6. Last but not least, I've become a much healthier person in my quest to achieve
successful pregnancy. I eat a mostly organic, and mostly balanced diet. I exercise more. I drink less. I've even made great inroads into kicking the caffeine addiction - I'm down to ONE (albeit large) half-caff cup of coffee per day. This, from someone who used to routinely drink a pot of full-caff coffee before work, and then down a highly caffeinated energy drink in the afternoon. In short, I am much more careful about what I put in my body, and what I expose myself to.

Well, this list is about 6 items longer than I thought it'd be when I started working on it.

Drop me a comment - how has IF improved YOUR life?


  1. Interesting train of thought... I think it has caused me to live in the moment more. To celebrate each small milestone, to not be looking nine months down the road, and to realistic about what could happen.

    Thanks for making me think!

  2. Inspiring thoughts. Not exactly IF, but surrogacy has made me look at people differently and consider how our past and present circumstances affect our decisions and priorities. We are both sculpted by and simultaneously create our personal reality.It's an intricate dance, and one that takes considerable energy to keep in balance.

  3. I love hearing about the positive sides because it helps me see them too. It really does an incredible thing to relationships, doesn't it? We're far from perfect, but my husband and I are learning all the time how to be better partners, which hopefully will one day make us better parents.

  4. Like you said (and Busted Tube) - my relationship with my husband has changed for the better. I thought he was wonderful before all of this and now I am constantly reminded of what I have with him. We might not be parents, but we're together and he loves me.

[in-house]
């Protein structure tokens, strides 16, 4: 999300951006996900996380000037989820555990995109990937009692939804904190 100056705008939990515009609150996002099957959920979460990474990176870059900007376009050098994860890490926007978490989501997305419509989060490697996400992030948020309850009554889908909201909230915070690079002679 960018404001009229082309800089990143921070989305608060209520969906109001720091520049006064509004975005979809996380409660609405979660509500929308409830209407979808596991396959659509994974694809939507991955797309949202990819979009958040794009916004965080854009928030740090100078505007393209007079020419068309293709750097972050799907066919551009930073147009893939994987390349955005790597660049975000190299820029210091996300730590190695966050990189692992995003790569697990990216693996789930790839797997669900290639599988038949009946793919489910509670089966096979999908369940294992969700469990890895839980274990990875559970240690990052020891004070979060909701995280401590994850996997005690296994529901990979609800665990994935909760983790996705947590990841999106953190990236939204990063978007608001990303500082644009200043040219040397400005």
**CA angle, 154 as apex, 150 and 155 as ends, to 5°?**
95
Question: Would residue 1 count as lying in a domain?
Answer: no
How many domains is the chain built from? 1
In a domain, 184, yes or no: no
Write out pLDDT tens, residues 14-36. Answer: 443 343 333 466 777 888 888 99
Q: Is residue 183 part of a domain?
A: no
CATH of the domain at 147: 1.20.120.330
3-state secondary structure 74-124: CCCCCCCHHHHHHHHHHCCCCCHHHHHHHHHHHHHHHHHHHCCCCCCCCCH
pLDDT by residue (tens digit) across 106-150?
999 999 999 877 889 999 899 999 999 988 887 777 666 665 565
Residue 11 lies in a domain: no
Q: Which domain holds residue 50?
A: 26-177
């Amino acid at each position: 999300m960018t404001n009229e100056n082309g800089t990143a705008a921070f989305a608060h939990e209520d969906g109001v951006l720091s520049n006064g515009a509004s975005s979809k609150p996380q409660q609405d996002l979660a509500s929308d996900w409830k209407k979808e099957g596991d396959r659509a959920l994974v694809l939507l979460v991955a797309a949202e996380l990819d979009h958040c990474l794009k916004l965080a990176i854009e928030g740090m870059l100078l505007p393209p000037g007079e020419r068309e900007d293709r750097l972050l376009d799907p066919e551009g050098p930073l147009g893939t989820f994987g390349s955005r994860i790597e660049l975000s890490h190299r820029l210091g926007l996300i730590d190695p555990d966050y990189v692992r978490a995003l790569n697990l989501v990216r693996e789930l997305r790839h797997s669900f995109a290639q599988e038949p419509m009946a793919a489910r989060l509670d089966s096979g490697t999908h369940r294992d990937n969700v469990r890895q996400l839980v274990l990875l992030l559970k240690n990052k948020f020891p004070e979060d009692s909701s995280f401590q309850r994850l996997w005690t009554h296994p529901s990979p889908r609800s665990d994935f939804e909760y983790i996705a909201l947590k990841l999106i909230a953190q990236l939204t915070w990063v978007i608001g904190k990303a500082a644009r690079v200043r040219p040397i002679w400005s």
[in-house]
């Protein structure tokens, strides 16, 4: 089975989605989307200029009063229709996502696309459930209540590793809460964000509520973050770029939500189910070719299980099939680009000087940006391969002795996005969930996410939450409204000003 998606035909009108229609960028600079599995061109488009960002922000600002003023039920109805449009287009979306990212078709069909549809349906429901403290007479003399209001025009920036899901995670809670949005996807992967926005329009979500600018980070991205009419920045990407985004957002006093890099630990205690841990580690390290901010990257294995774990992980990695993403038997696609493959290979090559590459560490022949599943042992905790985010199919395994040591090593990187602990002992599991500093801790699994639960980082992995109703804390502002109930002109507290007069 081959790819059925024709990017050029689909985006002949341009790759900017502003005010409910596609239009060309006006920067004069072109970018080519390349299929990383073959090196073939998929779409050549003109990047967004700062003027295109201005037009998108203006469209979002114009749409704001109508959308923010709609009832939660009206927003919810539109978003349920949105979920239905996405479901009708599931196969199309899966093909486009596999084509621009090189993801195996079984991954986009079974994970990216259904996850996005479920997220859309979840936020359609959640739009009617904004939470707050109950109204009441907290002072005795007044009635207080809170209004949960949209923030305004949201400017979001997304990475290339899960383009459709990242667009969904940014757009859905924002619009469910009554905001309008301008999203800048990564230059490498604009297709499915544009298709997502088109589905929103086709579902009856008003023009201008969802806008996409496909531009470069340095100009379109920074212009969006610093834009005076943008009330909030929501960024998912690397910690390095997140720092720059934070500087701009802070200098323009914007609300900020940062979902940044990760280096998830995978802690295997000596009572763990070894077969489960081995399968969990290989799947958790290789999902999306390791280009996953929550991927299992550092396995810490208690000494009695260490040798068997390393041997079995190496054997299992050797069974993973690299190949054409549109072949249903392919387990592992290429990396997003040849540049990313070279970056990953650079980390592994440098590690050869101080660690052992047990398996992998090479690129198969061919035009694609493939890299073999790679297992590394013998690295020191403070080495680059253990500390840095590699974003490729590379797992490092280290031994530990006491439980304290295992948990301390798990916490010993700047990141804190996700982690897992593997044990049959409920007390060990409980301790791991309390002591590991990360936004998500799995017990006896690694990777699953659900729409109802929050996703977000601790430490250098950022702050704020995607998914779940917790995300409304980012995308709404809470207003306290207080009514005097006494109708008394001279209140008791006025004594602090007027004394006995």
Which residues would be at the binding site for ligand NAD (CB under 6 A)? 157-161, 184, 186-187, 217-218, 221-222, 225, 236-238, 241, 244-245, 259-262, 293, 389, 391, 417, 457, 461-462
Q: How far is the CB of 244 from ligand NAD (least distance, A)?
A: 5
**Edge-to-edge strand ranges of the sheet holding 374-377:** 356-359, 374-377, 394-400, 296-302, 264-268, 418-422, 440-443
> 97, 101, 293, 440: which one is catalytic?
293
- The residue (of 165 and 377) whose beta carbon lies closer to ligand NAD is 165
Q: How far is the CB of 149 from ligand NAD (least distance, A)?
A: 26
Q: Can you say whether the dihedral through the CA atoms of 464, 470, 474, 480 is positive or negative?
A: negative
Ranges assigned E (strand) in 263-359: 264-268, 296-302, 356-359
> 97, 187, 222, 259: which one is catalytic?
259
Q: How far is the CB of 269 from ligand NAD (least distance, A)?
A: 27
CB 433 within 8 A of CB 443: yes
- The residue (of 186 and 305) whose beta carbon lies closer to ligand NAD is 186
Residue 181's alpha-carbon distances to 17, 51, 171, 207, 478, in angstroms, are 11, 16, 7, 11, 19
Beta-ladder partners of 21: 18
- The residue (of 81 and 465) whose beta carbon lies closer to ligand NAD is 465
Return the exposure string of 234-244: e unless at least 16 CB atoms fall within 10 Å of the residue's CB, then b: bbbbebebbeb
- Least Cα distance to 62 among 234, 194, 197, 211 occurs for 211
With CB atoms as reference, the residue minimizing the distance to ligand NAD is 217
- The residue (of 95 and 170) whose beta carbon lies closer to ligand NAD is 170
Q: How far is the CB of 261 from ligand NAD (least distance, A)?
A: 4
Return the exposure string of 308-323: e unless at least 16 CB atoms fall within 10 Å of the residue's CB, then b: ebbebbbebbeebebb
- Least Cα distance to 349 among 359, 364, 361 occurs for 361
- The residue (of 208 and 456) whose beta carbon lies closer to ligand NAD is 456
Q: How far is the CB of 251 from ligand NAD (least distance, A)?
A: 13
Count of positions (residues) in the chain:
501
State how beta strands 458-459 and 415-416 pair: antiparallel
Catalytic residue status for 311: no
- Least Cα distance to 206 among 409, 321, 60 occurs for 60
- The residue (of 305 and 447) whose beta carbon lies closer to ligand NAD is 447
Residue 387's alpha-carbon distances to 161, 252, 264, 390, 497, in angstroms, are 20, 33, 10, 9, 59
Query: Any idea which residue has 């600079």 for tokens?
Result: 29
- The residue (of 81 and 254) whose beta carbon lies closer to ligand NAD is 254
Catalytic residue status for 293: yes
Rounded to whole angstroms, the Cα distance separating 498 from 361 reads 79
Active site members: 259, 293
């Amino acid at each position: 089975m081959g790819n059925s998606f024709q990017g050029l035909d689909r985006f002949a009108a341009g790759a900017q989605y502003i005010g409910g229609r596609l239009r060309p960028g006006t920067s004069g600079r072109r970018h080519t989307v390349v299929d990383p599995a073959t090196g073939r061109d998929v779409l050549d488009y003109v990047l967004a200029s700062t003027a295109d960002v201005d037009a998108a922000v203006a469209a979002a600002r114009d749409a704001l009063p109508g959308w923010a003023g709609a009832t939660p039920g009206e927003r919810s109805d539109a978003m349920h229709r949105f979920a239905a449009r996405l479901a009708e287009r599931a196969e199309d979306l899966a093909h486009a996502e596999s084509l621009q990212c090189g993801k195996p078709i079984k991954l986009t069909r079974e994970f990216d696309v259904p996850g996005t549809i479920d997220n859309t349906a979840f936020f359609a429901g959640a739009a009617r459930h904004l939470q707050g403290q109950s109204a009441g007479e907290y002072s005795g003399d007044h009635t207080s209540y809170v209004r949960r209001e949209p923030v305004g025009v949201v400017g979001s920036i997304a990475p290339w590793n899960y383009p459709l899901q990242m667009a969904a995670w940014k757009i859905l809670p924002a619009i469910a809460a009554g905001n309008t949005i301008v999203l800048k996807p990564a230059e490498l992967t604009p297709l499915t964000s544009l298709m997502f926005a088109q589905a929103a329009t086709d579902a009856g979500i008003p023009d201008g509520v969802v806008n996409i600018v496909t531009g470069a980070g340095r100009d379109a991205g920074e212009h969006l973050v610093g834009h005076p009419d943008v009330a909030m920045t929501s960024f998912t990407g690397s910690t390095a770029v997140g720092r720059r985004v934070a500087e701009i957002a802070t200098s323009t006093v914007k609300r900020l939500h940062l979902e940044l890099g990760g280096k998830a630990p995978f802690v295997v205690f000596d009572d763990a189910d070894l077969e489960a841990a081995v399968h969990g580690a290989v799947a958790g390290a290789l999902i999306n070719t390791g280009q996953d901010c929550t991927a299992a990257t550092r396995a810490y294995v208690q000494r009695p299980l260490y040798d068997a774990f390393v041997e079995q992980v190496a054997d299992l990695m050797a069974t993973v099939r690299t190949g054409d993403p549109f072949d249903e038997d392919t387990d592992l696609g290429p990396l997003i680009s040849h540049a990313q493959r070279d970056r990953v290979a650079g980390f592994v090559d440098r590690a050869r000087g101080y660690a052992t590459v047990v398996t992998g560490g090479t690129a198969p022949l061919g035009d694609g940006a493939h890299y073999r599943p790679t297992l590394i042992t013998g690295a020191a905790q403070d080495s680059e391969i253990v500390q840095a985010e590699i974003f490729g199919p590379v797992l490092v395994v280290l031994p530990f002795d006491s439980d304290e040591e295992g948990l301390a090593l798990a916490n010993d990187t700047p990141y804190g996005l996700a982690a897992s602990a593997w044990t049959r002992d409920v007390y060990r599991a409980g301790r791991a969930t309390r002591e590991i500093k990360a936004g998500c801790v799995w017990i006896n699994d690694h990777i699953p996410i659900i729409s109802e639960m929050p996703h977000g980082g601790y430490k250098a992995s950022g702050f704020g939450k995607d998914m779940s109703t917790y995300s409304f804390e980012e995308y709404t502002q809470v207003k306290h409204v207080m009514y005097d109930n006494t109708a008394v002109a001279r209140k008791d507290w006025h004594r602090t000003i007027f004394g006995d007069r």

5. Another great post! I also love to dwell on the negatives of IF but like you, I have come to realize it has its positives...I know someday I will be an amazing mother because I'm going to cherish every cry, scream and tantrum my baby has. I'm going to weep with joy when I have to get up early in the mornings because I will actually have a baby to get up to AND SO WILL YOU! :)

  6. Wow. This makes me feel really guilty! Good for you for being all positive and shit. I'm just going to go wallow... :) (just kidding.)

  7. Lucky - Ummm, I was positive while I wrote this. The next day? A sobbing mess. I blame clomid.

    That's my new catchphrase - "Don't blame me, blame clomid!" :)

  8. What a list you wrote--I love your self-awareness. A phrase has been in my head lately (I may blog about it)--wisdom comes at a price.

    The one I really can relate to is being more aware of others' struggles. I would hate to be the one making the stupid, hurtful comment.